.....weiter mit dem Joe Vogel Artikel:
Indeed, part of what makes the show so effective is the tension it allows to develop between the parasitic and the dialogic. The show's antagonistic presence is the faceless and amoral Mephisto, a techno-media-amalgam -- composed of TVs, cameras, microphones, surveillance equipment, and probing tentacles -- that brings freshly updated dimensions to Faust's soul-seducing Mephistopheles. Mephisto not only represents the perilous industry Jackson confronted as a star since the age of nine, but the Information Age-apparatuses of power and exploitation that threaten to consume us all.
Yet this is hardly a simplistic retreat into Luddite romanticism. Jackson, after all, fully embraced new media and technology in his own work, revolutionizing the use of studio technology and the medium of the short film. Cirque's show appropriately follows suit. The first thing one notices walking in the theater is the presence of massive audiovisual walls on the stage and to the sides of the theater that project images of Jackson's iconic videos throughout the show.
The sonic experience is similarly breathtaking. Jackson's multi-tracks are masterfully arranged by musical director Kevin Antunes, who alternately pares down production to isolate elements of a song, fuses related tracks, and adds slight variations, dramatic pauses and interaction with the live performers, to give the music a freshness and vitality. It doesn't hurt, of course, that sound designer Jonathan Deans allows us to hear all of this through over 5,500 speakers, strategically positioned on all sides of the audience, including on the backs of seats, to maximize the sonic effect. When the bass line hits on "Billie Jean" you don't just hear it, you feel it.
The cutting-edge technology, however, rarely overwhelms the content. In one of the most moving moments, a ten-year-old Jackson sings "I'll Be There" from the pages of a photo book with no bells and whistles. Hearing the piercing purity of his voice in such clarity, accompanied by 1970s Soul Power-era images of young Michael and the Jackson 5, not only reminds of his transcendent talent, but of his cultural import as perhaps the most famous black boy to grow up in front of America's collective eyes.
In many ways, traveling through Jackson's catalog in the show is like traveling through social history. In "Bad" we find ourselves in a 1980s graffitized urban subway station, with imaging that reminds of the ravaging of cities in the Reagan era as well as the birth of hip hop. In the politically charged 1990s-era street anthem, "They don't care about us," a montage of disturbing images --Ku Klux Klan rallies, the Rodney King beating, victims of AIDS, poverty and war, and environmental destruction--accompanies Jackson's fierce lyrical missive on behalf of the oppressed. Seeing an image of Martin Luther King, Jr., who gave his "I Have a Dream Speech" when Jackson was just five years old, as we hear the line, "If Martin Luther was living, he would not let this be!"--was a particularly poignant moment, especially coming just a day after the fifty-year anniversary of the March on Washington.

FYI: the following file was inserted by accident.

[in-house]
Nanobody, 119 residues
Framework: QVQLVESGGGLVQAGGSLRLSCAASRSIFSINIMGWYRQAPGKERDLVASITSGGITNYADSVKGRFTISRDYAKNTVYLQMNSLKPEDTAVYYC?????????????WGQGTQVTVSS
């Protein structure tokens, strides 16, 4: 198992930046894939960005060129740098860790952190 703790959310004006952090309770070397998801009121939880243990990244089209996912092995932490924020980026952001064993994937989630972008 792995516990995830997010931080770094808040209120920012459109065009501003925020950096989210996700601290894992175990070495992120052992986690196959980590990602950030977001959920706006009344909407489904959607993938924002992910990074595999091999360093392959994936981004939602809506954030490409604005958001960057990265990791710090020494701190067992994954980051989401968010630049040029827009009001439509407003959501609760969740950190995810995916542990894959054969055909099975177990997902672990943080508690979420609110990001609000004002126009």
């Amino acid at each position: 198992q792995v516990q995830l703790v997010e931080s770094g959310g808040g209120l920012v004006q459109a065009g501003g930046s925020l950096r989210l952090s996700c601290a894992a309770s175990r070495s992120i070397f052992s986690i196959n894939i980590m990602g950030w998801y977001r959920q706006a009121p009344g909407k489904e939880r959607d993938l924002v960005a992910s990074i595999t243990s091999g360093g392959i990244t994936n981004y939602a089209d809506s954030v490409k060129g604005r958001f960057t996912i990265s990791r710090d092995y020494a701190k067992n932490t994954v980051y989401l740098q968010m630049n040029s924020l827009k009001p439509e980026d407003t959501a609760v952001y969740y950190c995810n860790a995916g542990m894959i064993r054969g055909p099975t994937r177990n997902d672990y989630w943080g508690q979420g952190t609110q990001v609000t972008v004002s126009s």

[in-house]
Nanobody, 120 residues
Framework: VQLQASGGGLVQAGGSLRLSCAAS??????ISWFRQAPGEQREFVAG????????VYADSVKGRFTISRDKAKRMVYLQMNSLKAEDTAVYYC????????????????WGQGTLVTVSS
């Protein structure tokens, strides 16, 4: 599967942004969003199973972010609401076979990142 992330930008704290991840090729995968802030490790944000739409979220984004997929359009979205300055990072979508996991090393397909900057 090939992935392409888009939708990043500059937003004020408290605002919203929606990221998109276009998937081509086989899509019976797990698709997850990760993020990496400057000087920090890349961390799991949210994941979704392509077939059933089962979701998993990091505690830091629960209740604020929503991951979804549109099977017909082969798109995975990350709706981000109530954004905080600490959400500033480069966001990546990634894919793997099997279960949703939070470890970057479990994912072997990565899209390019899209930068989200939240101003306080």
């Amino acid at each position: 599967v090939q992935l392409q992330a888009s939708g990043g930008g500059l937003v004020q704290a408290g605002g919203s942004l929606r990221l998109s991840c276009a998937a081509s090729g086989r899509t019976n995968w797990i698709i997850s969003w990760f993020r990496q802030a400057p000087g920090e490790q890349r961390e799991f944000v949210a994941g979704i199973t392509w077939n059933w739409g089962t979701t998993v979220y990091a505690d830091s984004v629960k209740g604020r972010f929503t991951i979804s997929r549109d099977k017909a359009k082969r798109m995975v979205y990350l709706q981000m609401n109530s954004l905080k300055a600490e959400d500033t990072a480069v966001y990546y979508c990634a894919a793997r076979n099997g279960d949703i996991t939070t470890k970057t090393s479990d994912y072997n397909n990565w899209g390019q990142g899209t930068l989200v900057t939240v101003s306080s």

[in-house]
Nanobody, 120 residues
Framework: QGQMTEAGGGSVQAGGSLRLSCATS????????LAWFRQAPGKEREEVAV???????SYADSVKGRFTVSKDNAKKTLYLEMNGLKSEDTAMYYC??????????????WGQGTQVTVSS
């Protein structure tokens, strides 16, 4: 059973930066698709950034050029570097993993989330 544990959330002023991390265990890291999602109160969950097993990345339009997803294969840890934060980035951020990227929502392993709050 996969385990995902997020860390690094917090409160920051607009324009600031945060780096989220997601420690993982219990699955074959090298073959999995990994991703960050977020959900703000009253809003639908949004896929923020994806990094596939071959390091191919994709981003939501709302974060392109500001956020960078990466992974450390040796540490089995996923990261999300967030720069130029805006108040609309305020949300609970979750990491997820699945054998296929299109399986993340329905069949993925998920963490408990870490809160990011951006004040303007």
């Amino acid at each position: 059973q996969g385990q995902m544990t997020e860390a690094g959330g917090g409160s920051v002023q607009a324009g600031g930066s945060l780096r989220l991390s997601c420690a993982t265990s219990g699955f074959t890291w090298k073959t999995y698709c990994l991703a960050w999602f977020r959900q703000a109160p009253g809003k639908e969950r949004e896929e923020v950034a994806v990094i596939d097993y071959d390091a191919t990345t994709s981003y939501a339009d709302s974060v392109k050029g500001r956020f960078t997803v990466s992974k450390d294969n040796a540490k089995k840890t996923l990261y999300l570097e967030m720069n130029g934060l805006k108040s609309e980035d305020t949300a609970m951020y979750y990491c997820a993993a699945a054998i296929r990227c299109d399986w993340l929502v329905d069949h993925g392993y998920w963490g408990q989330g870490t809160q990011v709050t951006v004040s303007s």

The show did contain a few missed opportunities. Perhaps the weakest number was "Wanna Be Startin' Somethin.'" One of the strongest acts in "Immortal" (which captured all of the song's frenetic, tribal, transnational energy), it is reduced in "ONE" to a rather mundane hat-juggling act. Another omission came in the otherwise fantastic "Billie Jean." Where other songs with iconic imagery--"Thriller," "Bad"--featured images of Jackson in the expected context, "Billie Jean" uses extensive video footage of Jackson in the 90s, rather than in the defining moment of his career: his performance of "Billie Jean" for Motown 25 in 1983.
But these are minor qualms for a show that succeeds rather miraculously in not simply showcasing, but immersing the audience in the genius, depth and breadth of Jackson's artistry. Brilliant touches abound, from the Chaplin-inflected homages in "Smile" and "Workin' Day and Night" to the phenomenal acrobatics and choreography of "Smooth Criminal" and "Thriller."
In one of several goosebumps moments, snowflakes fall down on the audience as Jackson delivers the haunting lyrics to "Stranger in Moscow," accompanied by an African moon goddess. On the screen, apparitional images appear of Katherine Jackson, Diana Ross, Elizabeth Taylor, and finally Jackson himself, exclaiming out of the void, "I'm livin' lonely! I'm livin' lonely, baby!"
The show climaxes with Jackson appearing as an uncannily lifelike illusion/hologram on stage, empowering the "four misfits" who have sought him throughout the show in a sublime rendition of "Man in the mirror." To this point, Jackson has appeared in video fragments, songs, whispers, laughs, silhouettes, dance moves, but he is finally "revealed," significantly, in a song that encourages the characters (and by extension, the audience) to discover their own meaning in Michael's creative life and work.
In the end, then, the medium is not the message, as Marshall McLuhan would have it. The artist is the message. It is the qualities that Jackson represents in the show--compassion, sensitivity to the vulnerable, social justice and equality--that battle against the mercenary machinery of Mephisto.
Not the trivial message one expects to find at a show in Las Vegas, or in contemporary pop music for that matter. But then, this was Jackson's expressed plan to "escape death" all along--it was no mere Siegfried and Roy magic trick; it was to make art that mattered, that spoke to people, that carried in it his "soul" long after he passed on.
"Michael Jackson ONE" offers the latest proof that in spite of ongoing attempts to reduce him to a tabloid caricature, the King of Pop beats on against the current in the vitality of his work.
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